This site uses cookies to deliver our services, improve performance, for analytics, and (if not signed in) for advertising. By using LibraryThing you acknowledge that you have read and understand our Terms of Service and Privacy Policy. Your use of the site and services is subject to these policies and terms.
Hide this

Results from Google Books

Click on a thumbnail to go to Google Books.

The Hidden Life of Trees: What They Feel,…

The Hidden Life of Trees: What They Feel, How They… (2015)

by Peter Wohlleben

Other authors: See the other authors section.

Series: The Mysteries of Nature Trilogy (1)

MembersReviewsPopularityAverage ratingMentions
1,487497,848 (3.99)85
Are trees social beings? Forester and author Peter Wohlleben makes the case that, yes, the forest is a social network. He draws on groundbreaking scientific discoveries to describe how trees are like human families: tree parents live together with their children, communicate with them, support them as they grow, share nutrients with those who are sick or struggling, and even warn each other of impending dangers. Wohlleben also shares his deep love of woods and forests, explaining the amazing processes of life, death, and regeneration he has observed in his woodland.… (more)

Sign up for LibraryThing to find out whether you'll like this book.

No current Talk conversations about this book.

» See also 85 mentions

English (42)  German (3)  Dutch (2)  French (1)  Danish (1)  All languages (49)
Showing 1-5 of 42 (next | show all)
The Hidden Life of Trees is full of scientific facts and observations by a professional forester that show how communal, resourceful, and downright intelligent trees really are. It makes the perfect companion read to Richard Powers’ prizewinning novel The Overstory . ( )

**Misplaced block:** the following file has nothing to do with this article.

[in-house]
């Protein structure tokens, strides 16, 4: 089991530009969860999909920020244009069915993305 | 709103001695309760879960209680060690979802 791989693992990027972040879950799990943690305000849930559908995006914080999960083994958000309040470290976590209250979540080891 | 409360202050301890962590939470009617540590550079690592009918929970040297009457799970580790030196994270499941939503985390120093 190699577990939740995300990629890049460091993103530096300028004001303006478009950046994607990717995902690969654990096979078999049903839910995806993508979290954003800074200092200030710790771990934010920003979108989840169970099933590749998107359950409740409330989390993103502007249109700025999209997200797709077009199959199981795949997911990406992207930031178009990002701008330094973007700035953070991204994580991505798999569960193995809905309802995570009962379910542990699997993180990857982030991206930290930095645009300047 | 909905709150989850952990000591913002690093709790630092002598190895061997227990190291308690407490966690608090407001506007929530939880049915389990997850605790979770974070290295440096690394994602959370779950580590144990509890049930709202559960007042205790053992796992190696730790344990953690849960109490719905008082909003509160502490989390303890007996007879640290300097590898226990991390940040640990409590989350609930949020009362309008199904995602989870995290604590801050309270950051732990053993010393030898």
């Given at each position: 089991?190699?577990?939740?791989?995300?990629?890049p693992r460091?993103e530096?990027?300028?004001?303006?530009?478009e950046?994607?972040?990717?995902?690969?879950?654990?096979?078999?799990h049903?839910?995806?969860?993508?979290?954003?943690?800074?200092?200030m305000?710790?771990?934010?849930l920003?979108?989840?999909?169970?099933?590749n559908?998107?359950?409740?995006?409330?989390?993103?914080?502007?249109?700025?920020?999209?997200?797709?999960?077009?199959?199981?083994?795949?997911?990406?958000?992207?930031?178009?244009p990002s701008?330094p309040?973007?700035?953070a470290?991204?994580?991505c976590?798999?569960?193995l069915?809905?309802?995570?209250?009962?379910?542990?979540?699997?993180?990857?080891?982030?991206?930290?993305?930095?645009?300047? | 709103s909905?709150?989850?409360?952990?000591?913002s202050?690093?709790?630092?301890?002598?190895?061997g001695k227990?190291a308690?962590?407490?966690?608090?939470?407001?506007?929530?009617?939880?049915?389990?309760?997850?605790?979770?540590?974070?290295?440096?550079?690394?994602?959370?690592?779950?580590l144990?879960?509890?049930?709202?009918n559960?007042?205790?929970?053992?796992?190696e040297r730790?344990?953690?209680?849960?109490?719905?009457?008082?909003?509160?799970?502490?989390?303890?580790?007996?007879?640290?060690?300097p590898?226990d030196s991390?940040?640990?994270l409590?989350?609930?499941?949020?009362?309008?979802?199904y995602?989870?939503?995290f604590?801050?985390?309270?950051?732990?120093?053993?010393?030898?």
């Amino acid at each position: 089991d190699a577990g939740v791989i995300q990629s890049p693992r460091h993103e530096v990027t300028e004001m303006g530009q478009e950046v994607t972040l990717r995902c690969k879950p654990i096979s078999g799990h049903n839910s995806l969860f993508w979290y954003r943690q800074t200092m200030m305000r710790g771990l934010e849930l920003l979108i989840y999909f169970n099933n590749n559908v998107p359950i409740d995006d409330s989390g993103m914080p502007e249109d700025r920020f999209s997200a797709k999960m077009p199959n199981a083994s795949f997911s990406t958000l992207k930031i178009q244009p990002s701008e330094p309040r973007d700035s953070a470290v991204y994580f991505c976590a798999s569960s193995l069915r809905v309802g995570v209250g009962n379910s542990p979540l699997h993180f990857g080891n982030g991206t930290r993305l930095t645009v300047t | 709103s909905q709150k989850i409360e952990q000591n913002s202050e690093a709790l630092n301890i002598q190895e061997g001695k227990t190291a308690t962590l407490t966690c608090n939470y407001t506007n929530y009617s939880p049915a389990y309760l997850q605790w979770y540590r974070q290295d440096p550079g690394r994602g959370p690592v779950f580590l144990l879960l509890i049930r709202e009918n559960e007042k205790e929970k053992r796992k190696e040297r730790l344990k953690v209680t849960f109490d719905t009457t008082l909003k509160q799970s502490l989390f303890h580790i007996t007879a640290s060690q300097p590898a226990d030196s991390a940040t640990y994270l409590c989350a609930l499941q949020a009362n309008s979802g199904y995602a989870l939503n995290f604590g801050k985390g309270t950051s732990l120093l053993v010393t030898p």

wandaly | Oct 3, 2019 |
The concept of this book was really interesting to me but I didn't love the way it was written. I found it repetitive and many chapters felt like filler to me. Definitely had a lot of cool information but I felt like I had to sift through a lot to get it. ( )
  munchie13 | Jun 30, 2019 |
A very interesting look through trees and in particular, forests and how the constituents interact, support and thrive. Interesting links between symbiotic and complex organisms like higher plants and fungal I are developed. Concepts like the world wood web are discussed. Interesting and will make you look at forests in a completely different way. ( )
  aadyer | Jun 12, 2019 |
The Hidden Life of Trees, tells you about trees (what else would it tell you about). It tells you how they perform Photosynthesis, how they communicate, and more. Another thing it makes a pretty big deal about is how trees need other trees. Did you know that when one tree is sick trees around it give the sick tree nutrients. Another interesting fact is that, to prolong the life of younger trees mother trees block lots of the sunlight from baby trees before they sprout. When people cut trees down or an animal starts eating trees, the tree being hurt sends gas out to the other trees in the area. This gas lets the other trees know to release toxins that make them taste gross. Trees can also taste. Tasting is important. Trees can taste the soil, and all of their vital nutrient in the soil. Tasting is also how trees know what are chemicals, and what are not.